ABOVE: Olive with her daughter Kate
A Story Half Told campaign aims to highlight the extent of misconceptions and misunderstandings surrounding the most advanced stage of breast cancer, and the need to widen the conversation around breast cancer in Ireland to include metastatic breast cancer.
Metastatic breast cancer is the most advanced stage of breast cancer, in which the disease has spread beyond the breast to other organs in the body. Typically, metastatic breast cancer spreads from the breast to the bones, liver, brain, or lungs.
According to Professor John Crown, Consultant Medical Oncologist at St Vincent’s University Hospital Dublin: “Metastatic breast cancer is a common, treatable, life-threatening, life-limiting illness. The needs of patients with metastatic breast cancer are distinct from those of patients with early stage breast cancer. Improved treatment is resulting in longer survival and improved quality of life. The healthcare system needs to do more to improve outcomes for patients with metastatic breast cancer.”
New survey results outlined in the report reveal that 95 per cent of women in Ireland believe breast cancer can be cured if it’s caught and treated early.
However, early detection does not help survival for metastatic breast cancer patients – average survival for women with metastatic breast cancer is two to three years.
The first of its kind survey was commissioned by Pfizer, as part of the ‘A Story Half Told’ campaign in conjunction with Ireland’s leading cancer support groups (Europa Donna Ireland, the Irish Cancer Society and the Marie Keating Foundation).
The experiences of those living with metastatic breast cancer (as many as 1,500 to 2,000 people in Ireland at any one time) are rarely spoken about.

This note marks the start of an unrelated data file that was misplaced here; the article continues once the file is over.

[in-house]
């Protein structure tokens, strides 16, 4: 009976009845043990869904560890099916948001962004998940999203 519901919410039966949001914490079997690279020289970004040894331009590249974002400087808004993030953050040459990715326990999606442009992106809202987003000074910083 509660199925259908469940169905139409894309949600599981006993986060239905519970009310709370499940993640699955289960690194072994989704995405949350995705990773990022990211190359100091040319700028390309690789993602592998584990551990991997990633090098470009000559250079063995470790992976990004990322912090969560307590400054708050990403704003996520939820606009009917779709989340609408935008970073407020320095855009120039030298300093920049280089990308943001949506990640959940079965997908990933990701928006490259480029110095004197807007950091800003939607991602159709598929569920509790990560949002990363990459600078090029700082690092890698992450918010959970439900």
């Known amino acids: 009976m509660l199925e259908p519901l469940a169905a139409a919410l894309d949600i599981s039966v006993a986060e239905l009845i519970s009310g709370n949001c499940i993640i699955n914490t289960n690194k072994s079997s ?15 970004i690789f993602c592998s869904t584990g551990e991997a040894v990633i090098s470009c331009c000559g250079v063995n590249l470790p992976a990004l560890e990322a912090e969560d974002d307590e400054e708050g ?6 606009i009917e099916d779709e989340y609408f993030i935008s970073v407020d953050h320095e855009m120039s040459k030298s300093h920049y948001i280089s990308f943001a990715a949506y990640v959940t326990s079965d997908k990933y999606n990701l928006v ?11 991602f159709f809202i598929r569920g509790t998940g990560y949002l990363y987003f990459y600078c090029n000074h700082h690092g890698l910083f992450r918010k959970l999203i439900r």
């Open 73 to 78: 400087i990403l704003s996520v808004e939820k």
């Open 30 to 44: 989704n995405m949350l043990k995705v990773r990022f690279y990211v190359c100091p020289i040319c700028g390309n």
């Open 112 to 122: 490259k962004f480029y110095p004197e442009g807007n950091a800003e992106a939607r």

“This is a situation that compounds the sense of isolation and hopelessness felt by many,” said Tara Byrne of Europa Donna Ireland. “Europa Donna Ireland want to build a safe community where people with mBC can connect with each other to find support and share experiences.”
According to the National Cancer Registry of Ireland there are almost 30,000 women living with breast cancer in Ireland. The incidence of female breast cancer in Ireland is 12.5 per cent higher than the EU average, with over 2800 new cases of breast cancer diagnosed each year.
Brave mum’s cancer battle
Galway mother-of-four Olive Shaughnessy (41) was diagnosed with Stage 4 metastatic cancer in December 2014. She talks to Mary O’Brien about her journey and her determined fight for her life.
On December 19, 2014, Olive Shaughnessy was taking her children on their traditional Christmas outing to the cinema. Afterwards, she bent down to pick something up. “I suddenly saw double. I can remember nothing more after that, but I was told I suffered something like an epileptic fit.
“I look back and my only thought is that God was looking after me, as I was was about to hop into the car with the children.”
Olive was completely unconscious by the time the ambulance came. When I woke up, I was in excruciating pain all down my neck. I just said to my husband Tom – words that I will never use again – ‘just get them to finish me off, I can’t bear the pain’.
“It’s strange what goes through your head. I remember thinking ‘what if they don’t believe me and send me home with this pain’.”
Olive was told she had a broken neck. “Out of the seven vertebrates, four were rotted with cancer. The doctor told me that my bones were full of holes.”
The community youth worker was diagnosed with advanced, or metastatic, breast cancer, which had spread to her lymph nodes, neck, spine and one of her lungs.
“I was always exercising, always so healthy and fit, that this came as a great shock. I wasn’t sick, I ate properly, I had loads of energy and there were absolutely no signs of any illness before this happened.”
Determined to beat her prognosis for the sake of her children, Olive is fighting this cancer off with everything she has. “There is nothing going to take me away from my four small darling children,” she says passionately
“When I wake up in the morning, my body aches from head to toe and I have terrible pain. So, for the first few minutes I have a choice. I can stay in bed and feel sorry for myself or get up and help my children get out to school.
“I’ll have to have chemotherapy for the rest of my life and I’m on a lot of medication, but I’m able to get up in the morning and function, so I’m grateful for that.
“I know the statistics aren’t good, but they are just statistics, and miracles happen all the time,” says Olive.
Since her prognosis, Olive has written a book ‘My Olive Branch – My Second Chance’, which she hopes will help others.
You can read Olive’s blog at mycoffaith.wordpress.com.